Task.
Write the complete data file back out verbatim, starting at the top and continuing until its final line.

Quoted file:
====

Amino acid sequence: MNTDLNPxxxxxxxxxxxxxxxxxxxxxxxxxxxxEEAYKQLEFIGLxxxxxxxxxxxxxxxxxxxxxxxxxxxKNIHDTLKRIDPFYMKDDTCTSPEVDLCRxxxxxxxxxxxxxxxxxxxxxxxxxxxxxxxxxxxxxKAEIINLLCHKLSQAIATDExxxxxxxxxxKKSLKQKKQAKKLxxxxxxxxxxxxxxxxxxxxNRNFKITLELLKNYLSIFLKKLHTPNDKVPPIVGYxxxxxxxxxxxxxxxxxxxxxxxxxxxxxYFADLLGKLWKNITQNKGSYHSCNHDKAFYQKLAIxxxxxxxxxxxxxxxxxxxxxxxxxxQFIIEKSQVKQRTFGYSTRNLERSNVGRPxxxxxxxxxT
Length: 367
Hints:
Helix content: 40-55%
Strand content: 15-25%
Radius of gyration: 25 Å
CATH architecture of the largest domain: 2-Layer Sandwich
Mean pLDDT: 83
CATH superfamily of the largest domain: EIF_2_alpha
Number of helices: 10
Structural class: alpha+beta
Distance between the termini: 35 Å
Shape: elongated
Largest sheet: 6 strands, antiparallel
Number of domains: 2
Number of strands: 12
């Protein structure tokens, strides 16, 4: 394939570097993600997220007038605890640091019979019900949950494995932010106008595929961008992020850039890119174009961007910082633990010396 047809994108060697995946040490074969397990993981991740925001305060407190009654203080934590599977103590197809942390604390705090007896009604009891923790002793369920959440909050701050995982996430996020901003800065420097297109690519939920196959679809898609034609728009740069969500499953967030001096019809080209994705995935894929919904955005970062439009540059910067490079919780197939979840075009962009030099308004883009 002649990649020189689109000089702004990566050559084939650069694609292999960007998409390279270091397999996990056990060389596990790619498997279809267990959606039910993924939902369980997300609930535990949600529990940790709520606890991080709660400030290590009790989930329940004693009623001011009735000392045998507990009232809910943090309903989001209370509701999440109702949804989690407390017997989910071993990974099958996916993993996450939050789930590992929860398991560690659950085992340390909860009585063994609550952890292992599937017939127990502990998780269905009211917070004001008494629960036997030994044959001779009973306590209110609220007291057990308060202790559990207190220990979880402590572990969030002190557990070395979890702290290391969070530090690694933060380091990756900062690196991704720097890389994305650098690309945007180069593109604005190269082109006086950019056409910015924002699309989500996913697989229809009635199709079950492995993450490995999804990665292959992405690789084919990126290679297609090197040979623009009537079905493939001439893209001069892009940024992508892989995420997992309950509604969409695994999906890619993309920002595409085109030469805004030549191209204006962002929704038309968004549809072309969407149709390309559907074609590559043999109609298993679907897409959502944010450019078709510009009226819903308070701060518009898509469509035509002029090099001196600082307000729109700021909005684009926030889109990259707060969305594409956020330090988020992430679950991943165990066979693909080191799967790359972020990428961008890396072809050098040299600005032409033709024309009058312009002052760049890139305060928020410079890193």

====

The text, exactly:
Amino acid sequence: MNTDLNPxxxxxxxxxxxxxxxxxxxxxxxxxxxxEEAYKQLEFIGLxxxxxxxxxxxxxxxxxxxxxxxxxxxKNIHDTLKRIDPFYMKDDTCTSPEVDLCRxxxxxxxxxxxxxxxxxxxxxxxxxxxxxxxxxxxxxKAEIINLLCHKLSQAIATDExxxxxxxxxxKKSLKQKKQAKKLxxxxxxxxxxxxxxxxxxxxNRNFKITLELLKNYLSIFLKKLHTPNDKVPPIVGYxxxxxxxxxxxxxxxxxxxxxxxxxxxxxYFADLLGKLWKNITQNKGSYHSCNHDKAFYQKLAIxxxxxxxxxxxxxxxxxxxxxxxxxxQFIIEKSQVKQRTFGYSTRNLERSNVGRPxxxxxxxxxT
Length: 367
Hints:
Helix content: 40-55%
Strand content: 15-25%
Radius of gyration: 25 Å
CATH architecture of the largest domain: 2-Layer Sandwich
Mean pLDDT: 83
CATH superfamily of the largest domain: EIF_2_alpha
Number of helices: 10
Structural class: alpha+beta
Distance between the termini: 35 Å
Shape: elongated
Largest sheet: 6 strands, antiparallel
Number of domains: 2
Number of strands: 12
């Protein structure tokens, strides 16, 4: 394939570097993600997220007038605890640091019979019900949950494995932010106008595929961008992020850039890119174009961007910082633990010396 047809994108060697995946040490074969397990993981991740925001305060407190009654203080934590599977103590197809942390604390705090007896009604009891923790002793369920959440909050701050995982996430996020901003800065420097297109690519939920196959679809898609034609728009740069969500499953967030001096019809080209994705995935894929919904955005970062439009540059910067490079919780197939979840075009962009030099308004883009 002649990649020189689109000089702004990566050559084939650069694609292999960007998409390279270091397999996990056990060389596990790619498997279809267990959606039910993924939902369980997300609930535990949600529990940790709520606890991080709660400030290590009790989930329940004693009623001011009735000392045998507990009232809910943090309903989001209370509701999440109702949804989690407390017997989910071993990974099958996916993993996450939050789930590992929860398991560690659950085992340390909860009585063994609550952890292992599937017939127990502990998780269905009211917070004001008494629960036997030994044959001779009973306590209110609220007291057990308060202790559990207190220990979880402590572990969030002190557990070395979890702290290391969070530090690694933060380091990756900062690196991704720097890389994305650098690309945007180069593109604005190269082109006086950019056409910015924002699309989500996913697989229809009635199709079950492995993450490995999804990665292959992405690789084919990126290679297609090197040979623009009537079905493939001439893209001069892009940024992508892989995420997992309950509604969409695994999906890619993309920002595409085109030469805004030549191209204006962002929704038309968004549809072309969407149709390309559907074609590559043999109609298993679907897409959502944010450019078709510009009226819903308070701060518009898509469509035509002029090099001196600082307000729109700021909005684009926030889109990259707060969305594409956020330090988020992430679950991943165990066979693909080191799967790359972020990428961008890396072809050098040299600005032409033709024309009058312009002052760049890139305060928020410079890193």